In English, many things are named after a particular country – but have you ever wondered what those things are called in those countries?
1(referido a ella) her(referido a usted) you(referido a una cosa, etc) itla conozco del colegio — I know her from school
- ¿la atienden, señora? — are you being served, Madam?
- la comí yo — I ate it
- a Susana la veo a menudo — I see Susana often
- a usted no la llamé — I didn't call you
- dame la carta que yo se la llevo — give me the letter, I'll take it to him
masculine nounPlural las
1(nota)A(en solfeo) la(en solfeo) lah Britishla bemol/sostenido — A flat/sharp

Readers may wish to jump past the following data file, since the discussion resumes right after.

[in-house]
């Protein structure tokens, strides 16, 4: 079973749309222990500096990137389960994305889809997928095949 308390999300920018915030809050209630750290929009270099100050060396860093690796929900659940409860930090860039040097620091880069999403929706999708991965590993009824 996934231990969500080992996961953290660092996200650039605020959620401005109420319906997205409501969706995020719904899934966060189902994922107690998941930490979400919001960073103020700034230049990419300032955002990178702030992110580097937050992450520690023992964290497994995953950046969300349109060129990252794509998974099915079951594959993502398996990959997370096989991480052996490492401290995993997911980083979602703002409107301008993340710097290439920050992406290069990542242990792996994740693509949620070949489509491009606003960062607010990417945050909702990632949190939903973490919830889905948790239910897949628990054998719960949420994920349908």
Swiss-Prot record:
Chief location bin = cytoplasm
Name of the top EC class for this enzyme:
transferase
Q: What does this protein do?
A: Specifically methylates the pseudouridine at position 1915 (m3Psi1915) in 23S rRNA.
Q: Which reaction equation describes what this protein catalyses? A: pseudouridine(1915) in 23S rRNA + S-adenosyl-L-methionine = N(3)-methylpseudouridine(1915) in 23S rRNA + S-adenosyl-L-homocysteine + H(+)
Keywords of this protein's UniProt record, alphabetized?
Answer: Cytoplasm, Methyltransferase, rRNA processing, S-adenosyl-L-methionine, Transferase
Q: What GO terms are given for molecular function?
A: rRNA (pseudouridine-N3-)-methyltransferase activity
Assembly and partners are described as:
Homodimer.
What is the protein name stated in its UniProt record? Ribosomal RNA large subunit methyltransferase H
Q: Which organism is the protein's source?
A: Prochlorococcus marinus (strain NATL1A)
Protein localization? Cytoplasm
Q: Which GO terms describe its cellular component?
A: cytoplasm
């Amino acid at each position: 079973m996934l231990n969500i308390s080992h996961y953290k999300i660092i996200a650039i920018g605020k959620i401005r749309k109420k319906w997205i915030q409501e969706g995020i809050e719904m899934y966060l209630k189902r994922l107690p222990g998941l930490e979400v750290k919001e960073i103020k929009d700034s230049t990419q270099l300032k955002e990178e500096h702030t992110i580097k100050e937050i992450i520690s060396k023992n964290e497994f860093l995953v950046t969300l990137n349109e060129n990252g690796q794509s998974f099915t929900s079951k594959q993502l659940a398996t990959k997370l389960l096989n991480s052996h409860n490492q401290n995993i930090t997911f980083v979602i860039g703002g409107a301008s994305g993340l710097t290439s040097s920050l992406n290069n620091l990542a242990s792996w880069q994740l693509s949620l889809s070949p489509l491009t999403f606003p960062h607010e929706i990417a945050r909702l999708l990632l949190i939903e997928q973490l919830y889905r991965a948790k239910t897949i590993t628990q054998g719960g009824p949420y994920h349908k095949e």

- en la mayor/menor — in A major/minor
English has borrowed many of the following foreign expressions of parting, so you’ve probably encountered some of these ways to say goodbye in other languages.
Many words formed by the addition of the suffix –ster are now obsolete - which ones are due a resurgence?
As their breed names often attest, dogs are a truly international bunch. Let’s take a look at 12 different dog breed names and their backstories.